Needless to say, the rest of the project is complete and hence this blog post. So let's start with a video demonstration and then I will complete with a project walk through.

 

Video Demo

 

Apologies for quality of the audio. This is a bootstrap setup using a Amazon Fire tablet (microphone is not great at all).

 

 

 

PSoC 6 Project Overview

 

Thanks to Cypress Semiconductor there is a great range of PSoC 6 examples to work with.

 

I have incorporated different code snippets within my project, such as the BLE callback function, watchdog timer routine, eInk display (EPD display shield), temperature measurement from the EPD display shield thermistor, CapSense button detection and various other user interface routines such as LED control and SW2 wakeup.

 

 

{gallery:autoplay=false} PSoC Creator Top Level Design View

 

Top Level PSoC 6 Design.

 

Let's start with the Bluetooth 5.0 component.

 

Here we have it set up as a peripheral device. It is using both of the PSoC 6 cores. CM0+ handles the BLE interrupt timer and CM4 handles the logic for the defined profiles and exchange of information.

 

The BLE component acts as a GATT server and we have defined an Automation IO service (0x1815), which exposes an Analog characteristic (UUID: 2A58). For this characteristic I chose to use the NOTIFY property only. The Automation IO service also uses the Characteristic Descriptors to define what the Analog value means. This is very useful for information exchange between the central device and the peripheral device.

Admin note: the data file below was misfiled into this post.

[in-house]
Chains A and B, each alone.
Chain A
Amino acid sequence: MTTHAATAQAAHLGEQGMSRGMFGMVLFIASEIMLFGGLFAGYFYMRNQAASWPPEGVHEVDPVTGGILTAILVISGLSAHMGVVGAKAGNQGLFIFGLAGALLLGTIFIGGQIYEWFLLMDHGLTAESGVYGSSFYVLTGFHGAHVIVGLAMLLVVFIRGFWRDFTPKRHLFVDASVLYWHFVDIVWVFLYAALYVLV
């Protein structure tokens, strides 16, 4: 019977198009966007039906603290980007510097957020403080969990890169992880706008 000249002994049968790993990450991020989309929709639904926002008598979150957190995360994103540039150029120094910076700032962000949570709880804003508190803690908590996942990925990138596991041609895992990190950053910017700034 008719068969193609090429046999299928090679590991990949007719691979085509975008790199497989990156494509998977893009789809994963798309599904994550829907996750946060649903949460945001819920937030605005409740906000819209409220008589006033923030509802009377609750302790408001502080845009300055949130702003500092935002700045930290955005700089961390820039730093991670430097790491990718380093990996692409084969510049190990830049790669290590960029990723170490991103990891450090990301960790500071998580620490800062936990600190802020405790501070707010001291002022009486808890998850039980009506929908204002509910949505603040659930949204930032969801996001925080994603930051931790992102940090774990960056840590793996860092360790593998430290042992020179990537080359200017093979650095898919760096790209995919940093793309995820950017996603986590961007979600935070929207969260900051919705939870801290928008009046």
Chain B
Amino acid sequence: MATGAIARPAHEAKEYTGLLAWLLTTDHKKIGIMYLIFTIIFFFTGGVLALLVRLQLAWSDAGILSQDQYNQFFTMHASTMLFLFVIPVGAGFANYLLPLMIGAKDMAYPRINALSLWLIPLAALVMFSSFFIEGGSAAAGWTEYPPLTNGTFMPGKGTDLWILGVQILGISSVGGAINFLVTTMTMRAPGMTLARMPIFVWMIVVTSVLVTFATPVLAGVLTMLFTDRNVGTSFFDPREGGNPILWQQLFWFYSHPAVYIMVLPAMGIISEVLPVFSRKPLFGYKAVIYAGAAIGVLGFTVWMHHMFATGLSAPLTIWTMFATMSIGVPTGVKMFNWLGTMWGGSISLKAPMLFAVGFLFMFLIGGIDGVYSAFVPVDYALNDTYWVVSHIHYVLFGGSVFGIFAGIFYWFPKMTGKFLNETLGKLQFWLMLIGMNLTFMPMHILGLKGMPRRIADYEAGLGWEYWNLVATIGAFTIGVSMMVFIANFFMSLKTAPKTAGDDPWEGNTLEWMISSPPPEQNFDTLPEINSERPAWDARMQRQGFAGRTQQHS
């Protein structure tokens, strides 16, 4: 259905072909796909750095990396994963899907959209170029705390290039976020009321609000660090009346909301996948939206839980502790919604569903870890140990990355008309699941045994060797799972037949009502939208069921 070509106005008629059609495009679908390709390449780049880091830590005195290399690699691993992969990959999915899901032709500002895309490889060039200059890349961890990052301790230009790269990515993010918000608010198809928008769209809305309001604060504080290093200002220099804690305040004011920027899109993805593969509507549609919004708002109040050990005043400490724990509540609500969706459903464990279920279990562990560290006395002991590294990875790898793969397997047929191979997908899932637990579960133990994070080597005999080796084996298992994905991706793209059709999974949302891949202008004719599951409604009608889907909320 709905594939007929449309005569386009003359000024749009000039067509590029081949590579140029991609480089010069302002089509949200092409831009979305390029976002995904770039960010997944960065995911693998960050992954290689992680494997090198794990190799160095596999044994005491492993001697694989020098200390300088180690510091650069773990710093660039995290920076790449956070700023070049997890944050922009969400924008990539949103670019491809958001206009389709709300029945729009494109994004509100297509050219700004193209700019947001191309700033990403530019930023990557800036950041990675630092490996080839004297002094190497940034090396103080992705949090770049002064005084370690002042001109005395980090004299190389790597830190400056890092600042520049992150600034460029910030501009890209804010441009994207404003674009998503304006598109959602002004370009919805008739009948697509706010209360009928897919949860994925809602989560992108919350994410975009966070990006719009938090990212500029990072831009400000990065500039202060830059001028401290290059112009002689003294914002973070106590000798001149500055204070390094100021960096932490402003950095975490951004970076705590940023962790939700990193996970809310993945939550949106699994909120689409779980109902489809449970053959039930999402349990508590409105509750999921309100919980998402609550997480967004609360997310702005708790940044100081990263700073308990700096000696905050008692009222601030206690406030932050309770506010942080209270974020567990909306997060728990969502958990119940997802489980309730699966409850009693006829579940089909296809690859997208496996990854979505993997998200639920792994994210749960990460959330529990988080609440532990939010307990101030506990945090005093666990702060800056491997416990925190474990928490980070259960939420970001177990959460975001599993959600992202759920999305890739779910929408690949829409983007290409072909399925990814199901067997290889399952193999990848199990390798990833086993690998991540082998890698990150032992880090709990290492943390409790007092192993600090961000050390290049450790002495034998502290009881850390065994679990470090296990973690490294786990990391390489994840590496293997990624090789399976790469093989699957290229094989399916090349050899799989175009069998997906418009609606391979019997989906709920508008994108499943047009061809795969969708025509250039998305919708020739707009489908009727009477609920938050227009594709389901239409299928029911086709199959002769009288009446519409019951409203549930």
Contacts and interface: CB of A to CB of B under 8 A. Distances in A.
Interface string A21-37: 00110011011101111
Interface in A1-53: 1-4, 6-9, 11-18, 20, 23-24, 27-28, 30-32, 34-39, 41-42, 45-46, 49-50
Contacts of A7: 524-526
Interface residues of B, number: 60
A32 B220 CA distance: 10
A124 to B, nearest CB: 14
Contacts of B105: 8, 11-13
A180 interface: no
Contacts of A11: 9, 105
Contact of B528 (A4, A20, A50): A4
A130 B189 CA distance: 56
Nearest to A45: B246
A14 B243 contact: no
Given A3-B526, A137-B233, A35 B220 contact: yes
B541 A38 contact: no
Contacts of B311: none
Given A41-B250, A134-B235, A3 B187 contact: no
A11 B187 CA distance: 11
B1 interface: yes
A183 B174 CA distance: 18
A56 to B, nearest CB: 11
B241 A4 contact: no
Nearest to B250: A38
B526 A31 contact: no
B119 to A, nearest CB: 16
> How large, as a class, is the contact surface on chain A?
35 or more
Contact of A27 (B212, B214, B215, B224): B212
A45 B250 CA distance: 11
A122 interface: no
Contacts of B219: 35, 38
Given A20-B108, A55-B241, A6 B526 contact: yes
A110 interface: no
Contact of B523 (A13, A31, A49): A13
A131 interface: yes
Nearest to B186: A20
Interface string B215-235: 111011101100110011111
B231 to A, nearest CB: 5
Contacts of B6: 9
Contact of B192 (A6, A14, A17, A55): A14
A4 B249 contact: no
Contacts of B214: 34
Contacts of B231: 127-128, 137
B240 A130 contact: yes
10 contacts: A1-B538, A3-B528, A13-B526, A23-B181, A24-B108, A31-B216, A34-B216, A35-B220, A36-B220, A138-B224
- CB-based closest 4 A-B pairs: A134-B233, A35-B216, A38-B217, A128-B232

{gallery} Automation IO Characteristic Descriptors

 

For the purposes of my application, I defined my units as "unitless" (to make it simpler for my smartphone app - I transmit the raw 16bit value), but I could easily have defined the correct units and then transmitted the actual pressure value (note that for float variables this requires a specific conversion technique).

 

 

Moving onto the UART component.

 

Here I followed this Cypress Semiconductor tutorial: https://www.youtube.com/watch?v=ZJOF2f423nI

 

This tutorial provides guidance on how to use "printf" by enabling the "Retarget I/O" option in Build settings and then amending the shared "stdio_user.h" file to define the UART port.

 

 

 

For the I2C Sensor Bus, we include a I2C Master component.

 

Not much needs amending here. In my case I used the 100kHz as my data rate (I could have used 400kHz).

 

 

Other Code modules

 

These are all direct copies off PSoC 6 examples found via PSoC Creator, so does not warrant additional comment as all examples I have used are very well documented.

 

 

Smartphone BLE App

 

 

For the Bluetooth Low Energy bridge, I created a smartphone app, using MIT AppInventor as I was able to use an old project of mine, which is listed on Hackster.io.

 

 

 

Attachments

 

I have attached my PSoC 6 Code and I have uploaded my the MIT Appinventor project onto Github (as the Element14 website will not accept as an attachment) for those who want to look at and/or use.